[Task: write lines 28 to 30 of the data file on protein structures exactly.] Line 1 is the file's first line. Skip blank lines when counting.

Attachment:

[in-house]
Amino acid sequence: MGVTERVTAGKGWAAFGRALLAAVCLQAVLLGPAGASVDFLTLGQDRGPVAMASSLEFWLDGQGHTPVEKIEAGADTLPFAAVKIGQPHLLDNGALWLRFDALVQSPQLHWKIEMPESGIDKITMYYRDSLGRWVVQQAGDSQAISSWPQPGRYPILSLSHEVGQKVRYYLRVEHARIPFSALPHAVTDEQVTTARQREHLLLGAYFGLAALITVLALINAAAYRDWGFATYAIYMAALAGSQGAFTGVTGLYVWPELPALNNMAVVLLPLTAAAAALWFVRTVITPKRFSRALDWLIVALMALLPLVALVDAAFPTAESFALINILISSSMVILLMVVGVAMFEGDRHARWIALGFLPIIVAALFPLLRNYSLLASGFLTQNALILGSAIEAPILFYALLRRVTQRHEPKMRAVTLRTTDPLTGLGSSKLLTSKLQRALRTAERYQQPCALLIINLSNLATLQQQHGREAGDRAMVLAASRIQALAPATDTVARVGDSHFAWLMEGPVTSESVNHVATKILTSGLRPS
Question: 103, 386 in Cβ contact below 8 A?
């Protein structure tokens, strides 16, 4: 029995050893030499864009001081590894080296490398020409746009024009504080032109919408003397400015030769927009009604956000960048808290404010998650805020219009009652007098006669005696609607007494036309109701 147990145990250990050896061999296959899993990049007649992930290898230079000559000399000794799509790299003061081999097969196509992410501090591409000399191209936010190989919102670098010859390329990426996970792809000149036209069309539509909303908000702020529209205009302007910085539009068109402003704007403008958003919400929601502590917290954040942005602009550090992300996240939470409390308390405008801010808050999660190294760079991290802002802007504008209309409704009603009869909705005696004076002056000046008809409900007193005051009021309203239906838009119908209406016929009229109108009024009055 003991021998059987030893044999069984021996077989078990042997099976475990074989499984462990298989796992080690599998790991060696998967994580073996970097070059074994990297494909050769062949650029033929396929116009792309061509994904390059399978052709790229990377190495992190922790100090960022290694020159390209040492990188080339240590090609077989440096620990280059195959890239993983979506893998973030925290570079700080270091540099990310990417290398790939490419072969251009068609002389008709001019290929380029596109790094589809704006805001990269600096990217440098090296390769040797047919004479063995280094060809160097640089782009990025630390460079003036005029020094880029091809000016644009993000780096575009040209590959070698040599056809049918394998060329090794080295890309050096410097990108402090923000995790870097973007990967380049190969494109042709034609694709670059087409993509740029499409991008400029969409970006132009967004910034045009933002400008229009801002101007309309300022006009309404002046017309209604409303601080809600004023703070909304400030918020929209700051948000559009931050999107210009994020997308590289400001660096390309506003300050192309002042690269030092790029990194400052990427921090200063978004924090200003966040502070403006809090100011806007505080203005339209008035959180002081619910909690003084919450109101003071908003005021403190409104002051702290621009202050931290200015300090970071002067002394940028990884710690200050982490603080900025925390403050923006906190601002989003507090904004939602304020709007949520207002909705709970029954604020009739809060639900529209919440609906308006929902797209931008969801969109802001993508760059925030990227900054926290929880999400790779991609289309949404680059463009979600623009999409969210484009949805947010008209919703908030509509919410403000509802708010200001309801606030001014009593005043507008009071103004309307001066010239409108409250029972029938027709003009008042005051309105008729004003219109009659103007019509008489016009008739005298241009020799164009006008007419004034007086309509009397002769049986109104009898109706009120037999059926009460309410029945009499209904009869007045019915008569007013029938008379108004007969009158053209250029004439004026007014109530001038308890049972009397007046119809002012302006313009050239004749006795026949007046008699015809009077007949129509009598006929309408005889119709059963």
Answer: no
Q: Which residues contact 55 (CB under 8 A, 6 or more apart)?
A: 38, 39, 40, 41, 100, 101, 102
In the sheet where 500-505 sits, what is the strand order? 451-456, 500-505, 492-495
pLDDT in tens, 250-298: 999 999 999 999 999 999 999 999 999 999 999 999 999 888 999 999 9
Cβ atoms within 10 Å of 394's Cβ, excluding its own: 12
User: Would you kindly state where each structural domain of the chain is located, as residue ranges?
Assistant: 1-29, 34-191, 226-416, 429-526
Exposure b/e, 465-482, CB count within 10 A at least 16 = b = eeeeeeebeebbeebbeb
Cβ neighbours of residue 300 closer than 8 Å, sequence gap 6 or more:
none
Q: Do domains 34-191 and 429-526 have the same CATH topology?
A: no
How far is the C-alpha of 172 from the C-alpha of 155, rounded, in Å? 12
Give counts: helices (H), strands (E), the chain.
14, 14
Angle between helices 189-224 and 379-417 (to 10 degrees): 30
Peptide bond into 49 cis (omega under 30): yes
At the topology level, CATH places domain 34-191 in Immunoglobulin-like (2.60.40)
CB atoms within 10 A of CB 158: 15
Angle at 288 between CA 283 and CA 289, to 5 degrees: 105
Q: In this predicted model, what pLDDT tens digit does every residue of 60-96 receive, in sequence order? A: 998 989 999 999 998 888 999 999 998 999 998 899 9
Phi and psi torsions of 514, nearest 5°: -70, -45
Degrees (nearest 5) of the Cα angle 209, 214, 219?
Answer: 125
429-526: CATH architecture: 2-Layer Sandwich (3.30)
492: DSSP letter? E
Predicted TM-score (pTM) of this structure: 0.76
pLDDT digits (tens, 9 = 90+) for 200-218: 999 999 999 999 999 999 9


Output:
Degrees (nearest 5) of the Cα angle 209, 214, 219?
Answer: 125
429-526: CATH architecture: 2-Layer Sandwich (3.30)